From the beginning APTN News has strived to tell stories others won’t – whether that’s reports of police dropping Indigenous men outside of city limits in what is known as “starlight tours” or families fighting to get justice for the thousands of missing and murdered Indigenous women and girls in the country. All experiences First Nations, Métis and Inuit groups were living but when they voiced these truths they often fell on deaf ears.
Francine Compton began her career at APTN News in 2000 when she was 19-years-old. Over the years Compton has taken on many roles and is now the executive producer for the national news program.
She remembers the news team hustling everyday to tell these stories, but it would be awhile before others paid attention.
“We were on the block for at least a decade before starting to have our issues noticed, before starting to see our issues lead the top story on other mainstream national news networks,” said Compton.
Most recently, the National Inquiry into Missing and Murdered Indigenous Women and Girls and the development of environmental projects in Alberta and British Columbia were some of the stories making mainstream national newscasts.
But more could still be done. Take for instance coverage around the latter has been boiled down to anti-pipeline stories when, in fact, the issue goes much deeper – sovereignty over Indigenous lands and the right to protect sources of water.
In 2009, APTN News launched a new version of Contact called InFocus and APTN Investigates. It was the first Indigenous investigative news program in Canada.
Slowly but surely mainstream media took notice as both programs tackled topics such as health, residential schools and reconciliation.
But Compton believes the pivotal moment came in 2012.
“Idle No More really was a catalyst in changing that and having other journalists and outlets wake up and say, ‘what’s going on here?’” she said.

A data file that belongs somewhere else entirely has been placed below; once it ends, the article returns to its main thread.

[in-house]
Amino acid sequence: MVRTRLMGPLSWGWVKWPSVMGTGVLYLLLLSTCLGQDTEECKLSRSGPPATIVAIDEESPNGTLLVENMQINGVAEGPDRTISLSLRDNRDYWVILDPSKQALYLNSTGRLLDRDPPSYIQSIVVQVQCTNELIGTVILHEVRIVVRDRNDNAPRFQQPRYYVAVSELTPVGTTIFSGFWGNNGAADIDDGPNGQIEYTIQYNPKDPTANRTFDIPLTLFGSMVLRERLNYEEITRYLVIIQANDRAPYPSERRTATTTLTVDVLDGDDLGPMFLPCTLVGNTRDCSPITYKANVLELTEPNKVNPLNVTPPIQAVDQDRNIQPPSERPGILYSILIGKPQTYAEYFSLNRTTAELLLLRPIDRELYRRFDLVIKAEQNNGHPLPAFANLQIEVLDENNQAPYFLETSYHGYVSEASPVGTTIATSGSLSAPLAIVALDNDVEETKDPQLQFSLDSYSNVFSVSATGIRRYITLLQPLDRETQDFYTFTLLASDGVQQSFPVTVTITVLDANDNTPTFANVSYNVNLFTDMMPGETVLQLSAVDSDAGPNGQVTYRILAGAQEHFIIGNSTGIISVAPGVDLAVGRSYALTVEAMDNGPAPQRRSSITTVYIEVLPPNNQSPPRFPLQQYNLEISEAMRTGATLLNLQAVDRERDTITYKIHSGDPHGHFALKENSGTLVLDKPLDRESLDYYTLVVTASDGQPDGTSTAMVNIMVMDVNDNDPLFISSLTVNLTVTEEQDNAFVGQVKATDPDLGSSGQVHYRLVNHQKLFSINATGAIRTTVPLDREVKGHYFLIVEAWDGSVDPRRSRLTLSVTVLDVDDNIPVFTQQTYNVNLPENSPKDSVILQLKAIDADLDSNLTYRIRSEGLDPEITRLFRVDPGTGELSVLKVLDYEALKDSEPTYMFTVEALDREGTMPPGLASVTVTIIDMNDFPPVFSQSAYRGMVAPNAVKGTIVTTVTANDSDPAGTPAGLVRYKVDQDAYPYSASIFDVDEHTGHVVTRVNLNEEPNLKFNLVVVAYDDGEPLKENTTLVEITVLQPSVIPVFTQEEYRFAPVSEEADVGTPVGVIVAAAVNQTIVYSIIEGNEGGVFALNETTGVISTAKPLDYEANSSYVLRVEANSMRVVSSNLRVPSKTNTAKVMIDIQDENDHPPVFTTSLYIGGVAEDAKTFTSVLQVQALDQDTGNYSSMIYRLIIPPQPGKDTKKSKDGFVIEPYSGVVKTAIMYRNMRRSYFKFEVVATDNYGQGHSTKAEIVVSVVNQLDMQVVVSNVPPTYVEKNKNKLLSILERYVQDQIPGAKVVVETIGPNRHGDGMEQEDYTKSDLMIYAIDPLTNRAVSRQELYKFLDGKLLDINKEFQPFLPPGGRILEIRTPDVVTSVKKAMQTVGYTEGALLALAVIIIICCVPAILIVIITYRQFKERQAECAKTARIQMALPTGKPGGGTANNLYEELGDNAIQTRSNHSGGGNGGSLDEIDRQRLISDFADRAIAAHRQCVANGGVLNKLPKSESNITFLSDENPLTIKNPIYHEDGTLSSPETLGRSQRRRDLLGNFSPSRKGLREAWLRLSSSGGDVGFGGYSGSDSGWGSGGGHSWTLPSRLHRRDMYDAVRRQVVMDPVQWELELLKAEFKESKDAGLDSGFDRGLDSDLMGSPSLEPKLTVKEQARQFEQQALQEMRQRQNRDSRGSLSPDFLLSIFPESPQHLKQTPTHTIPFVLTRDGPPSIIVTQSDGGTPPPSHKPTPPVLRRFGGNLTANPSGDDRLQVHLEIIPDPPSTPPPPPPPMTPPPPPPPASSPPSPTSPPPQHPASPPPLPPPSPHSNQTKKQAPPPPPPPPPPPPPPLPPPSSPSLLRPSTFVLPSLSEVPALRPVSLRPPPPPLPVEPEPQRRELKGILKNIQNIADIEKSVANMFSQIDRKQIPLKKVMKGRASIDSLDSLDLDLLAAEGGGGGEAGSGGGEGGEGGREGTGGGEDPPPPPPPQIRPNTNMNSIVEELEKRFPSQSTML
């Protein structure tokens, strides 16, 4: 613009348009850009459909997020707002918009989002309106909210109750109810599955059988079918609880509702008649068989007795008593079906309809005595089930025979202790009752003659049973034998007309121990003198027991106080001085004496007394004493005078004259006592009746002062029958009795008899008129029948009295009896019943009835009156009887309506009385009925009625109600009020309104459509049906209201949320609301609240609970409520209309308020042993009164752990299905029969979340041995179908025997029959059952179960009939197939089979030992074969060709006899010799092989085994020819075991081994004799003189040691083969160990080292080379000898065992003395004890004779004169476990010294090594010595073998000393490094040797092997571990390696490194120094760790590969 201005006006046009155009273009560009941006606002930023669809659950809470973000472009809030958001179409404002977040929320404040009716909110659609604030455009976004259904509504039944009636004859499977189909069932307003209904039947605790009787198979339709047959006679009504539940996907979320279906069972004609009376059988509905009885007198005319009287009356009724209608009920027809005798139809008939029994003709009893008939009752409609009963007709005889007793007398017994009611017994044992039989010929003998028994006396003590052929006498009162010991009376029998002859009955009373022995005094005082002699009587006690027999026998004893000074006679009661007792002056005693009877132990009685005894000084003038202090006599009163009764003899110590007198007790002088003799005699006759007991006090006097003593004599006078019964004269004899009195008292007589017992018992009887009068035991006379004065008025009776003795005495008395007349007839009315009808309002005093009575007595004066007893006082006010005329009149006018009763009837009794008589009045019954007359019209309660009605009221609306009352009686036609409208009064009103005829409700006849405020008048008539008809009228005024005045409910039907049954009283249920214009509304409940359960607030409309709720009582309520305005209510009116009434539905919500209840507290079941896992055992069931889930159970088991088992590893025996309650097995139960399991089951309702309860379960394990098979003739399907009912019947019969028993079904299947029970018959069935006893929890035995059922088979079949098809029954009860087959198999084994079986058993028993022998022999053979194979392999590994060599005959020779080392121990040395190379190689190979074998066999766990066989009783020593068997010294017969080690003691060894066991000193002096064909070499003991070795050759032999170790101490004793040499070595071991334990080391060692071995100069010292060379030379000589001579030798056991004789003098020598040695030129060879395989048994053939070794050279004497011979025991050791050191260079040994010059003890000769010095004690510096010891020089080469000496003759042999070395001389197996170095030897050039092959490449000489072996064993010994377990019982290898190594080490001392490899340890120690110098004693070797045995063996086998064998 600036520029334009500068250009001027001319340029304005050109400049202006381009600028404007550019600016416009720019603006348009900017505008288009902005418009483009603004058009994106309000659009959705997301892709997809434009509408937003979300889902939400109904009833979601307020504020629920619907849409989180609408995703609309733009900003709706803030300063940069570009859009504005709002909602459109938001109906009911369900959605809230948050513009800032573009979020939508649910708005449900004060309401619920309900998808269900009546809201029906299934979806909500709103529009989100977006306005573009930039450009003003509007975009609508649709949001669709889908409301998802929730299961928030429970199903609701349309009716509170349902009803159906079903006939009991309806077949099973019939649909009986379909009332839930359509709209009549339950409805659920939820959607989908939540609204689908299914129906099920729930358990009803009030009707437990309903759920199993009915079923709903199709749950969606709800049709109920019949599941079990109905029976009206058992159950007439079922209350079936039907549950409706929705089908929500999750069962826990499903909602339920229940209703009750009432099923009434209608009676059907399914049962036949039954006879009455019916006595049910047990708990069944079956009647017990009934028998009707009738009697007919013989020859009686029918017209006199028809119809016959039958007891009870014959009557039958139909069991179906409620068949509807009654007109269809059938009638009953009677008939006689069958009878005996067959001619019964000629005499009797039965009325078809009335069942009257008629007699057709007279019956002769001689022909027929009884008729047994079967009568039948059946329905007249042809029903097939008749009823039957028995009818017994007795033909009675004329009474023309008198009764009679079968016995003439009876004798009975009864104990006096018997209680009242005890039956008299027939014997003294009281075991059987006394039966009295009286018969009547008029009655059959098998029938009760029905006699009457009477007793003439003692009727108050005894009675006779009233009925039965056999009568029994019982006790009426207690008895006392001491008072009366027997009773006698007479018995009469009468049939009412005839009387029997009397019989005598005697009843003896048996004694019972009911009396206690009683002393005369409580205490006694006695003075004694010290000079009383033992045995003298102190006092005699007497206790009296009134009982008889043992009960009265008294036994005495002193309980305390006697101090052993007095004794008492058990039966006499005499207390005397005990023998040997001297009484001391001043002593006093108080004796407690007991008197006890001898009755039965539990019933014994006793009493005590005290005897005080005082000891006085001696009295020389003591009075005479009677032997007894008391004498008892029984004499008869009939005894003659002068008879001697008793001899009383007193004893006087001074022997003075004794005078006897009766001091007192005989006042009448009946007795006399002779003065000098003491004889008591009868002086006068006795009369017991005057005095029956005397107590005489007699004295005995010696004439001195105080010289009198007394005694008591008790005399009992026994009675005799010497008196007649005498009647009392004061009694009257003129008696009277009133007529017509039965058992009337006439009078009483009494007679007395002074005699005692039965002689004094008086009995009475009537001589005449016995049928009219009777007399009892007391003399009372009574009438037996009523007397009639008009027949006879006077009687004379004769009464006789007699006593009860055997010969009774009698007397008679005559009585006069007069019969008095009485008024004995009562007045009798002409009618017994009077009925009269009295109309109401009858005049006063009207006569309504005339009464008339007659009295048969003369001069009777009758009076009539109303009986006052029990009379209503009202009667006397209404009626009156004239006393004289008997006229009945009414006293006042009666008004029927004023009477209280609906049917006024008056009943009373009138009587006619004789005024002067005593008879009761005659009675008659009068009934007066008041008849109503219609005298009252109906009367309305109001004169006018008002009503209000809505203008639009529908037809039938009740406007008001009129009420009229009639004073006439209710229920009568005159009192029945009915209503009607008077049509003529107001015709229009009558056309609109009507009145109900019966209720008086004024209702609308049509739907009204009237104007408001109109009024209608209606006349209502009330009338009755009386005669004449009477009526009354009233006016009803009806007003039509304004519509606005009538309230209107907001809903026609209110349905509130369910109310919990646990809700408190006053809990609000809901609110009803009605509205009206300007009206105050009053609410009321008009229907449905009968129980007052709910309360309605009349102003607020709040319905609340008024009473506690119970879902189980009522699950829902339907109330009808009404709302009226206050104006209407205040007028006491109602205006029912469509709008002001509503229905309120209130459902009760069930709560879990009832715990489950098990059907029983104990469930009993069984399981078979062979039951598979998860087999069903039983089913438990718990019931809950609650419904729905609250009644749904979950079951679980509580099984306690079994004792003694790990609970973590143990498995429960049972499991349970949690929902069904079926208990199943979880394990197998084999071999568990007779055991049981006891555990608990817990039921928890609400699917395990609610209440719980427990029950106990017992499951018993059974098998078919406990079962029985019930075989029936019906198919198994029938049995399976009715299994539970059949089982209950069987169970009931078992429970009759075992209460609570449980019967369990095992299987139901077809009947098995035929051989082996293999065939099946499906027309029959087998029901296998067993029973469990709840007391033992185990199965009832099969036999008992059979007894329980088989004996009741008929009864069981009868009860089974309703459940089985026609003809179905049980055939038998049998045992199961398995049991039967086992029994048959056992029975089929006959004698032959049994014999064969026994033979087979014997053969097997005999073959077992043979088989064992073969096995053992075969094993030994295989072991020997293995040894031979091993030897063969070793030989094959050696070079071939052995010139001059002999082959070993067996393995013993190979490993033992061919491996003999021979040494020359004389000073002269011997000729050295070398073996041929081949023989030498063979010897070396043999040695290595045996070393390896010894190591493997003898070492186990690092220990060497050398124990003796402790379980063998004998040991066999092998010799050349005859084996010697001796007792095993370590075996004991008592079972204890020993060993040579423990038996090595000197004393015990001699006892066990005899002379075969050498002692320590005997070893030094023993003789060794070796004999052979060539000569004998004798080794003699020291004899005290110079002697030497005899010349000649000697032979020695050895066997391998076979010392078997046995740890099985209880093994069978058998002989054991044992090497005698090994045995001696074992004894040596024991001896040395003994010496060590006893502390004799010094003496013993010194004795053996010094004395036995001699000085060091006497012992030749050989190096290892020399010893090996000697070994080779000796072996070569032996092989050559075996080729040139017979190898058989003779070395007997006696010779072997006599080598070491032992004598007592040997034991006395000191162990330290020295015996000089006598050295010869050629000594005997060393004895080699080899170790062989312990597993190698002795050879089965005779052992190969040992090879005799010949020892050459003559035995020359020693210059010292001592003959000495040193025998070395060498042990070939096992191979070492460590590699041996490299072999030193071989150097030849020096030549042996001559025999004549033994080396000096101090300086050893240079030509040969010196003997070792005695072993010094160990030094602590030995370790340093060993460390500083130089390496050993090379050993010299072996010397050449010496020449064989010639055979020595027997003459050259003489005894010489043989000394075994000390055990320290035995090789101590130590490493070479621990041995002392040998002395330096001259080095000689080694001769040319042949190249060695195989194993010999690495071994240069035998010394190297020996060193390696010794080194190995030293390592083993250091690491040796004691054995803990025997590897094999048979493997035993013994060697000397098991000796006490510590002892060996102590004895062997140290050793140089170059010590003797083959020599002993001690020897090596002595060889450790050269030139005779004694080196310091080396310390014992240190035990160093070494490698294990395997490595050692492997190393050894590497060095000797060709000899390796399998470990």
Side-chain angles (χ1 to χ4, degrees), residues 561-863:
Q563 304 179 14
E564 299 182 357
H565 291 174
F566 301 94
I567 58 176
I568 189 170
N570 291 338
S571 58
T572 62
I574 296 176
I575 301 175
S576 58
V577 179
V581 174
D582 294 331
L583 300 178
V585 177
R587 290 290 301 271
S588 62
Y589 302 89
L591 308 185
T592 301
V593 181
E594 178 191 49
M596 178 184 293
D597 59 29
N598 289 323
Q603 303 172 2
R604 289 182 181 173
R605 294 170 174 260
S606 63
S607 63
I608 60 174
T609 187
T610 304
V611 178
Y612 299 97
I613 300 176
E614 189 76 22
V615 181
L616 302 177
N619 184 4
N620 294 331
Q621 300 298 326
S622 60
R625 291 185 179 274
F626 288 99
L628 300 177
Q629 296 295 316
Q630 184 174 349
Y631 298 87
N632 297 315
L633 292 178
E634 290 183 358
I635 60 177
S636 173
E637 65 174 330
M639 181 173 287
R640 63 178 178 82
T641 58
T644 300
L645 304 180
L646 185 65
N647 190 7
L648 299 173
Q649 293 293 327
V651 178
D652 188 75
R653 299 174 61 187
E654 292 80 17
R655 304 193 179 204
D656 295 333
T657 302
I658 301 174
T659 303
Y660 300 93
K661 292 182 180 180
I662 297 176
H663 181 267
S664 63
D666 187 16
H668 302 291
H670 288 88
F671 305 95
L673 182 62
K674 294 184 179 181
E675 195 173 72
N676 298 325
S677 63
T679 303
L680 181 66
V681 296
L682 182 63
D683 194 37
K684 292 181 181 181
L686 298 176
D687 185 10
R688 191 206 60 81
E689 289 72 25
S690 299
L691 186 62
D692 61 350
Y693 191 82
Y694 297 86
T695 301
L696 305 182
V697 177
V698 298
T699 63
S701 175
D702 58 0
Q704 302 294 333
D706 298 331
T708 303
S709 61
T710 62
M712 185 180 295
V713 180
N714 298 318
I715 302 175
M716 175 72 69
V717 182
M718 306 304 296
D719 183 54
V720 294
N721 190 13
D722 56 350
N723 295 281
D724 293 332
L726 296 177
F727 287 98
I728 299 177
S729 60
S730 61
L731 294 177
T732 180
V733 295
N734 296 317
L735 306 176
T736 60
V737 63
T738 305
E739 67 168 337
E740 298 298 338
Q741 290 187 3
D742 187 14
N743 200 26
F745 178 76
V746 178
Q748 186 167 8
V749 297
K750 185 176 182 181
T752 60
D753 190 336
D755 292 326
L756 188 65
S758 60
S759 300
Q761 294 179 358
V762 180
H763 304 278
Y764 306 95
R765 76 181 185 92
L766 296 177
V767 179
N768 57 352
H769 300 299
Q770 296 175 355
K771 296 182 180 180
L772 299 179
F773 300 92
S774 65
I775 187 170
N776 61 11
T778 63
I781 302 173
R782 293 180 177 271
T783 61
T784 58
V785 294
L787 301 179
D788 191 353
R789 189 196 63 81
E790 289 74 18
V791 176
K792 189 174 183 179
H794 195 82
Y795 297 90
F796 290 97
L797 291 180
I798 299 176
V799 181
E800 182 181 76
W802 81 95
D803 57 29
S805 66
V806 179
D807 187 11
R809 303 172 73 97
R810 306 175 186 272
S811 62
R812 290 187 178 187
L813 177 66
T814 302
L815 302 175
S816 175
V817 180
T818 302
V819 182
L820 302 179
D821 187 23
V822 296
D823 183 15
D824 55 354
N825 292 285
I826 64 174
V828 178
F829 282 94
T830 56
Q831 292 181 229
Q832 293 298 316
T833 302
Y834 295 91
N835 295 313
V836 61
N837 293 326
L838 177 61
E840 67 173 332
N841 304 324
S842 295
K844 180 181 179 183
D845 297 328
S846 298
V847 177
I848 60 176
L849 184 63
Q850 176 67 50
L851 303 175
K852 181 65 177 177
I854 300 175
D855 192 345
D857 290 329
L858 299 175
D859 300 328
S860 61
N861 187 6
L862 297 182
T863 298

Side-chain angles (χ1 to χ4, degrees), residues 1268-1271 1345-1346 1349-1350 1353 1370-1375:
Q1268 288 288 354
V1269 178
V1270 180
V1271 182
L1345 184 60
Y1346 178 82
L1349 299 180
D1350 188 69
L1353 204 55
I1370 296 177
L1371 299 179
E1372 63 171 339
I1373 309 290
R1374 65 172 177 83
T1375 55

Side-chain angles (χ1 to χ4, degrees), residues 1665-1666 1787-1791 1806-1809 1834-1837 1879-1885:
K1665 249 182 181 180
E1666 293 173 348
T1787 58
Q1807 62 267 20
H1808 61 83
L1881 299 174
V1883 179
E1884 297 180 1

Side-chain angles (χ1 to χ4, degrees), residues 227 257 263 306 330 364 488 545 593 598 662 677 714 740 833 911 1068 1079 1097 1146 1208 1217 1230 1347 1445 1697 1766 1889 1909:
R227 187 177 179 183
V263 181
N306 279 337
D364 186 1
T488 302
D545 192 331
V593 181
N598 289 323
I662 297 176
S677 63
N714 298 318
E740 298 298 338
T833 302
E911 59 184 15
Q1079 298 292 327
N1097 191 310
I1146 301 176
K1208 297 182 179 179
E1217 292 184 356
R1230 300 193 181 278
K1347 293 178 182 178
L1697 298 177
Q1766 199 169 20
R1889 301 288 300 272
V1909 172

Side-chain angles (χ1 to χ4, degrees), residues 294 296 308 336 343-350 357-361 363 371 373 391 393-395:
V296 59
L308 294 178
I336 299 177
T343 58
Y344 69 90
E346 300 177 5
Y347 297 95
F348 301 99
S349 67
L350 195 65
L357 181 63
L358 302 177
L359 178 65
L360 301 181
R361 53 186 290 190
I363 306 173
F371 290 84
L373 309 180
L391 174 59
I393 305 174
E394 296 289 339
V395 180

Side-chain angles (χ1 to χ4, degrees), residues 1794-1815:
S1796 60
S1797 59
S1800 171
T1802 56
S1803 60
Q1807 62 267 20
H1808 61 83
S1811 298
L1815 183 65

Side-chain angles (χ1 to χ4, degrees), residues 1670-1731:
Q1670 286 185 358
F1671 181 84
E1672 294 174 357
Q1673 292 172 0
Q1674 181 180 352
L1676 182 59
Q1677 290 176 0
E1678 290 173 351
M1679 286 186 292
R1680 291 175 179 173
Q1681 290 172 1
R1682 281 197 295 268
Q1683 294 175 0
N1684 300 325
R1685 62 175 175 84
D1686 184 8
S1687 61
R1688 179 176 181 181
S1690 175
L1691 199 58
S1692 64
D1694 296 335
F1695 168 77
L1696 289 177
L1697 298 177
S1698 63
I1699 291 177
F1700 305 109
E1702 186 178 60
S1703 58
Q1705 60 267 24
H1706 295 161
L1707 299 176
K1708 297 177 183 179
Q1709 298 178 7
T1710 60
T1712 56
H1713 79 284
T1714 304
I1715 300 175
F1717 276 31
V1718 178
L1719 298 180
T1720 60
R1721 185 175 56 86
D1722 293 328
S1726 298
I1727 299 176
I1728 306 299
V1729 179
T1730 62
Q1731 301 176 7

Compton adds other media was often getting direction from APTN in terms of how and what they were covering during this time.
Two years later, in 2014, APTN News expanded its programming with the introduction of Nation to Nation, Face to Face and The Laughing Drum. While, reporters for the national newscast continued to cover important topics such as Standing Rock and water and housing issues on Indigenous lands.
Cheryl McKenzie, current news director, credits the APTN news team for pushing to cover stories important to the network’s audience.
“We really value journalists’ perspectives from across the country. That’s really how we know what’s happening…is based on what the reporters and video journalists are telling us,” said McKenzie. “We give people a lot of editorial freedom that you would not get in other national networks.”
APTN News continues to make a name for itself. For the past several years reporters and stories have been recognized with various national awards. Most recently, scoring several nominations from this year’s Canadian Screen Awards.
However, the best reward has been staying true to what that small group of reporters, producers and television crew set out to do two decades ago.
“My special moments at APTN are when we serve our people and they are proud of us and feel that we have done a service for them,” said Compton.